Plug-in auto grant cuts: how electric vehicle buyers are affected

Daniel Fowler
October 14, 2018

The Plug-in Car Grant was introduced seven years ago to establish the market, and the DfT said it was now time to focus support on zero-emission models such as pure electric and hydrogen fuel cell cars.

CO₂ emissions of 50 to 75g/km and a zero emission range of at least 20 miles.

It said that it would support the next 35,000 electric cars sold, but did not elaborate on longer-term plans to encourage ultra-low emission vehicles.

Motoring officials have condemned the move to slash the hybrid grants with Mike Hawes from the SMMT saying it "sends yet more confusing signals to vehicle buyers".

The £2,500 grant now handed to buyers of plug-in hybrid cars will be axed from 9 November, while the grant available for fully electric cars will be cut from £4,500 to £3,500.

The Department for Transport (DfT) announced the Plug-in Car Grant (PICG) scheme revision, which will now exclude new cars that emit more than 50g/km of Carbon dioxide and can't travel more than 69 miles exclusively on electric power alone.

From 12 November (and earlier if you all go out and buy a plug-in hybrid or EV), the grant for plug-ins in Category 2 and Category 3 will be scrapped altogether, and the Category 1 grant will be cut to £3,500.

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In a statement, Mitsubishi (the maker of the UK's best-selling plug-in hybrid, the Outlander PHEV) said: "As motorists seek a low-emission, fuel efficient alternative to diesel vehicles, now should be the ideal time for the Government to incentivise Plug-in hybrid technology, not pull its support".

The move has been criticised by the motoring industry, with experts warning that it could hit sales of cleaner cars.

Mike Hawes, the chief executive of the Society of Motor Manufacturers and Traders (SMMT), said: "We understand the pressure on the public purse, but given the importance of environmental goals it's astounding that just three months after publishing its road to zero strategy, government has reduced the incentive that gives consumers most encouragement to invest in ultra-low emission vehicles". In a statement, the transport ministry said the cuts were a reaction to falling prices for electrified vehicles, and would help the budget focus more on the cleanest vehicles now available.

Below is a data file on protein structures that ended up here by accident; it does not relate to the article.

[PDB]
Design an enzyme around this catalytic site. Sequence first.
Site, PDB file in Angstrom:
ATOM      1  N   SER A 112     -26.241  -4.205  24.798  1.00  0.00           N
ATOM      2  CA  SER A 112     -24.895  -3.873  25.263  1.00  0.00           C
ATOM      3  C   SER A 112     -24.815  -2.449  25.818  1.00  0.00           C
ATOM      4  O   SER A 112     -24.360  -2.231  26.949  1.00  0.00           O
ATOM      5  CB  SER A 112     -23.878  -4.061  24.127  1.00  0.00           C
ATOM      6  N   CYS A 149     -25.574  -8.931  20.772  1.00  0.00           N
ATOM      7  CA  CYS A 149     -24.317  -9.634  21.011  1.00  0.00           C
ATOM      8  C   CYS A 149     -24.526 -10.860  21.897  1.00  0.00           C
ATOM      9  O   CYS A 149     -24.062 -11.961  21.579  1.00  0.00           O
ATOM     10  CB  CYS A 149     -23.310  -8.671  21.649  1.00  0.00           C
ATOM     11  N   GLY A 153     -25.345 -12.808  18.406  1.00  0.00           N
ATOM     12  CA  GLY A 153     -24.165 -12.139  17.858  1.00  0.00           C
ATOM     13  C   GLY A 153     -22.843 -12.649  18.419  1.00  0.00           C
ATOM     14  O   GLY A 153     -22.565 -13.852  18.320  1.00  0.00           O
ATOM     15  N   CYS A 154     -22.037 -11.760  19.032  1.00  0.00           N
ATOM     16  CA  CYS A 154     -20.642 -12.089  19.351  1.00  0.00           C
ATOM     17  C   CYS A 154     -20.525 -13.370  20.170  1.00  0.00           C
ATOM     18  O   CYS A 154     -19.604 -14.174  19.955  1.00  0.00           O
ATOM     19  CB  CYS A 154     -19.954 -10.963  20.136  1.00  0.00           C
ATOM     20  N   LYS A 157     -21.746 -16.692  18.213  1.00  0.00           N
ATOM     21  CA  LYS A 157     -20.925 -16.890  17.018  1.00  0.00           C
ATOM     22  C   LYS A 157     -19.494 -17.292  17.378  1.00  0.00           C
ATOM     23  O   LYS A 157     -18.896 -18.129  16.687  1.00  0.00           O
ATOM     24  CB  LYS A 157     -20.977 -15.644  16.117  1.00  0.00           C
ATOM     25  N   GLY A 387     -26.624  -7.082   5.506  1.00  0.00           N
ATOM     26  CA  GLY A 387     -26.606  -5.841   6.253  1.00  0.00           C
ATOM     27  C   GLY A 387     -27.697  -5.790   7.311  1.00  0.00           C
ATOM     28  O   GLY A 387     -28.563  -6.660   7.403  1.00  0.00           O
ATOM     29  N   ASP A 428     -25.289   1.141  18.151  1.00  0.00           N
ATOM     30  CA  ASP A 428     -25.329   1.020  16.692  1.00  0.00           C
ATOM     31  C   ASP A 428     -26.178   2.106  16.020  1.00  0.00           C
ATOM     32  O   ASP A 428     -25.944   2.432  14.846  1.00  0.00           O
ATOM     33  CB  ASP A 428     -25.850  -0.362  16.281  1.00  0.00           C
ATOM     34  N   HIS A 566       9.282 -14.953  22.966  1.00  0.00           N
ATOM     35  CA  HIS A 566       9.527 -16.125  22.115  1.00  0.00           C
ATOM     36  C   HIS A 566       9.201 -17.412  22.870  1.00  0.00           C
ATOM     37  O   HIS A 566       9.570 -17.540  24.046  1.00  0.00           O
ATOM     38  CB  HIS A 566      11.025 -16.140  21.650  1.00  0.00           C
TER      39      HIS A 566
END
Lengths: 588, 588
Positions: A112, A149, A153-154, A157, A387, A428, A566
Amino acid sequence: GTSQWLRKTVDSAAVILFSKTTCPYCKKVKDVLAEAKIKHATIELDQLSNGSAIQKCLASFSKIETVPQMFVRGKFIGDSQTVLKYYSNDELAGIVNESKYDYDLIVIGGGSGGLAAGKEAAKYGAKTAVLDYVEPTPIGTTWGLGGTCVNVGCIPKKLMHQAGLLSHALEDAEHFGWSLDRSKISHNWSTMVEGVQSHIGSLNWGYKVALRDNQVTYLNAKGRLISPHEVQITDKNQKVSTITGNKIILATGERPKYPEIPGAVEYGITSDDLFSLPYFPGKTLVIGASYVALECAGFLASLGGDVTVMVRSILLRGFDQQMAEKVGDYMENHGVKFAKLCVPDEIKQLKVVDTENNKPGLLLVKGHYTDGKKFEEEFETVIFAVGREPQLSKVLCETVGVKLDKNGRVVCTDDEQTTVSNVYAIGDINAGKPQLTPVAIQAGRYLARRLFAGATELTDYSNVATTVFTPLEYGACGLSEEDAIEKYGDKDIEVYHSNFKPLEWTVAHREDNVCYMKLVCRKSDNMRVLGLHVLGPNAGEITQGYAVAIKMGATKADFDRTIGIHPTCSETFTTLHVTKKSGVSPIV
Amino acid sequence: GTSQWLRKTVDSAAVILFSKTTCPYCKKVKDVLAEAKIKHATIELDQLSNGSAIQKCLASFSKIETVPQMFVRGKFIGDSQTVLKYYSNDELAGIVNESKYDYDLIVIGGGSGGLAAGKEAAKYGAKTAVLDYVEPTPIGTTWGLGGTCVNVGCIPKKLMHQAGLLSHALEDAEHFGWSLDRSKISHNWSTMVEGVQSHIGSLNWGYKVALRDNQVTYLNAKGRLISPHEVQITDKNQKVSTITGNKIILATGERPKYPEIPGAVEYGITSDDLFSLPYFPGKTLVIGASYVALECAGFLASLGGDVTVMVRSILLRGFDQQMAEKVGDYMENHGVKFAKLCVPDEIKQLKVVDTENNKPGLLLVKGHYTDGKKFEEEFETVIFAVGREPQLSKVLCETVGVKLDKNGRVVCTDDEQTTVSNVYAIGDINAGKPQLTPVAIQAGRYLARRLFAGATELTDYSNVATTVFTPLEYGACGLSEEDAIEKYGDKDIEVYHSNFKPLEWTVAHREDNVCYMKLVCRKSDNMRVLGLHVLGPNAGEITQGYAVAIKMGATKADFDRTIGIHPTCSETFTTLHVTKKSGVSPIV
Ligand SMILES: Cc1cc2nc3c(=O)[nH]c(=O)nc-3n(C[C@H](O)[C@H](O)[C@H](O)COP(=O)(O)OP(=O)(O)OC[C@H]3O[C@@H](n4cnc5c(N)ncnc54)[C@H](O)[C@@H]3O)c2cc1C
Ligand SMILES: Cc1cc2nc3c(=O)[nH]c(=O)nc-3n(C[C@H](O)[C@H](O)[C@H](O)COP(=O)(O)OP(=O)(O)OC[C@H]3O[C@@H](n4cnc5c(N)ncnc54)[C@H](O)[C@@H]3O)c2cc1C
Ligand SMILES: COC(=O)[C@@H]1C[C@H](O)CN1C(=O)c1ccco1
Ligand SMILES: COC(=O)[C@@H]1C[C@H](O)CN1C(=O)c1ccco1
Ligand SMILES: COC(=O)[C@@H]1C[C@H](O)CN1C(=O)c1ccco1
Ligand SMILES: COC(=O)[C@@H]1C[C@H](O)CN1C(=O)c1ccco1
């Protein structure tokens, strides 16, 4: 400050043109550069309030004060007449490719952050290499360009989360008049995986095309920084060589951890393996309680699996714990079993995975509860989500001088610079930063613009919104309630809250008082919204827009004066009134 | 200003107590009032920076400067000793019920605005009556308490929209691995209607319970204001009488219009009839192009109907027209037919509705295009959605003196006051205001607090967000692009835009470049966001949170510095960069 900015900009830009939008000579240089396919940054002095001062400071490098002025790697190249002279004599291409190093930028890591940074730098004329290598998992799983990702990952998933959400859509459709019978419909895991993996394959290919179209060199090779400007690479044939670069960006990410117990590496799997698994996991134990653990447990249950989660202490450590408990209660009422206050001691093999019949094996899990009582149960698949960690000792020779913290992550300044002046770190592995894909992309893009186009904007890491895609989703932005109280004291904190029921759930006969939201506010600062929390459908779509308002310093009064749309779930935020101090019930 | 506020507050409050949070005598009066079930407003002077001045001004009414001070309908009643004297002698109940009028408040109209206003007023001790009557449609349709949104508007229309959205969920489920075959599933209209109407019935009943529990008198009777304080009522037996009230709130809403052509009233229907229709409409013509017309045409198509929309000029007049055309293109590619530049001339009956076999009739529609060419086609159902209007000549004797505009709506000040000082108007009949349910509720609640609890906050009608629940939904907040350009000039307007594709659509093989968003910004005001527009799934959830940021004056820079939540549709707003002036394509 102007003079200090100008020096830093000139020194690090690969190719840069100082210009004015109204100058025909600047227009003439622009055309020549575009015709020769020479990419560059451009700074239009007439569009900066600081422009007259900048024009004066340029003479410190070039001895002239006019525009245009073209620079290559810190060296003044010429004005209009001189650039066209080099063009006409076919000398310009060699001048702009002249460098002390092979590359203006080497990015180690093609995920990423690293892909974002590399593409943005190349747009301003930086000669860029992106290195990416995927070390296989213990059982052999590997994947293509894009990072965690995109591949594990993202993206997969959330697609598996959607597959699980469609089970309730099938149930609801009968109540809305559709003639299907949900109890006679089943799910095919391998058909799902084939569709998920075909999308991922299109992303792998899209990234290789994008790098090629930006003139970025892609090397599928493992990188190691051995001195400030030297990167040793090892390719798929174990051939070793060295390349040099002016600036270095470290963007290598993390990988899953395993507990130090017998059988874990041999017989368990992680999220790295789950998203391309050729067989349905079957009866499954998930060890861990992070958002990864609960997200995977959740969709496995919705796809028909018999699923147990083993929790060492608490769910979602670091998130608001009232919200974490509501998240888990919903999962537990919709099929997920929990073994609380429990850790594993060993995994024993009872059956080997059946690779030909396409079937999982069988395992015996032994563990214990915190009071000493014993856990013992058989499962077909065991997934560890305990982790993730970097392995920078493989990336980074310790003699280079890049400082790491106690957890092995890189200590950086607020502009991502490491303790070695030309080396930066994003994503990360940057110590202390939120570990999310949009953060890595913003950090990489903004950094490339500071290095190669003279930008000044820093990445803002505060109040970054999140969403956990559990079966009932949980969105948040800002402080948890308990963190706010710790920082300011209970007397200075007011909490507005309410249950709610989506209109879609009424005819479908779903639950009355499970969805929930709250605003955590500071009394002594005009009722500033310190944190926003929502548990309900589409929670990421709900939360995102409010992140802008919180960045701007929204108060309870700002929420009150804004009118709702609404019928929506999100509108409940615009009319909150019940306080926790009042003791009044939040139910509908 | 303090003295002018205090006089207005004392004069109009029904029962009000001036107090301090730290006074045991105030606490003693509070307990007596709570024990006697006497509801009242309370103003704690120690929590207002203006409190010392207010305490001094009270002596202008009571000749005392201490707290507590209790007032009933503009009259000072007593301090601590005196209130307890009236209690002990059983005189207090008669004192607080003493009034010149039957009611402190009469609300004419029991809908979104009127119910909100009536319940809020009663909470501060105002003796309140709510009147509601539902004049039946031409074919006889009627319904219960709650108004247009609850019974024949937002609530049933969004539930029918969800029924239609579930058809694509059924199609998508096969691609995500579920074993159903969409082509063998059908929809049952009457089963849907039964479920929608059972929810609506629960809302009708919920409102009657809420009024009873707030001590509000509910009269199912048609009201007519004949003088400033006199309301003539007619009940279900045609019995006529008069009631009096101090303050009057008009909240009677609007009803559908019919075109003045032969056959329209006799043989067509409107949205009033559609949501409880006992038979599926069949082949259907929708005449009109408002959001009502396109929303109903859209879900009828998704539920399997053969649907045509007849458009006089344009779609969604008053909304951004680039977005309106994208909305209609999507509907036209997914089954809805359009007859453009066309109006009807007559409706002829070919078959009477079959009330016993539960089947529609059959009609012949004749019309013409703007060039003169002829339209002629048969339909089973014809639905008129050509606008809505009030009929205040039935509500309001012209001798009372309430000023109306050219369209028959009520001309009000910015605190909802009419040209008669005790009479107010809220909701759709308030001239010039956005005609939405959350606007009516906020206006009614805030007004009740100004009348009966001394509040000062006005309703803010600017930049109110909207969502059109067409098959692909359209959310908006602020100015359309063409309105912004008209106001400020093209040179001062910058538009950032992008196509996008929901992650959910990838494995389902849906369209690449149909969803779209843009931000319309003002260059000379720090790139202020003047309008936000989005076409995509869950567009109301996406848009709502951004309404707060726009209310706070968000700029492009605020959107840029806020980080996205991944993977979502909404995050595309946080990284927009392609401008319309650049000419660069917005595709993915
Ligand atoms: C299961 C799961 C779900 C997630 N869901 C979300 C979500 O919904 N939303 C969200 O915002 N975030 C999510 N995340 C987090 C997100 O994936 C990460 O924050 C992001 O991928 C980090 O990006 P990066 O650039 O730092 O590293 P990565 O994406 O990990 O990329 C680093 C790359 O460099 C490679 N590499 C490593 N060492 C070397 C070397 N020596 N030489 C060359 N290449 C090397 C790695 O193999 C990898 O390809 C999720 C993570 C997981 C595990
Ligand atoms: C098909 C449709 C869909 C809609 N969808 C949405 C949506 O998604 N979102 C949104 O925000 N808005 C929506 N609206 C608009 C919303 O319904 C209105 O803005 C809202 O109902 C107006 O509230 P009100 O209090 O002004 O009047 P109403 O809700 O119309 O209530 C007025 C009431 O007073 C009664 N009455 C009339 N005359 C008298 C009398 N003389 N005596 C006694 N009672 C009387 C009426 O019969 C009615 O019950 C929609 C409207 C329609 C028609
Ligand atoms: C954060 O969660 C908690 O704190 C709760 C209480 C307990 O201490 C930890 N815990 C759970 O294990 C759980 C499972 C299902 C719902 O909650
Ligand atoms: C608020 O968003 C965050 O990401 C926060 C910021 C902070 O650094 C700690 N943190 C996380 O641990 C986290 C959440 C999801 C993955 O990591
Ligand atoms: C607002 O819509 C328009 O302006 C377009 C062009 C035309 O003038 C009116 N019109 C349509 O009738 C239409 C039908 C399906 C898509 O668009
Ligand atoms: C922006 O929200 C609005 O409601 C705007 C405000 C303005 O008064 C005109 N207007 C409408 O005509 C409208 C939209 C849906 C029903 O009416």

Grants paid to drivers who buy non-polluting cars are to be slashed in what campaigners say is a blow to efforts to clean up Britain's roads.

"The government wants to end the sale of petrol and diesel cars, but scrapping grants for low emission cars may well stall their progress".

"Prematurely removing up-front purchase grants can have a devastating impact on demand - without world-class incentives, government's world-class ambitions will not be delivered", Mr Hawes said.

Lyes said that up-front cost was still a huge barrier for those hoping to switch to an electric vehicle - a fact underlined by the recent NFDA Consumer Attitude Survey - before describing the Government's move as "a big step backwards".

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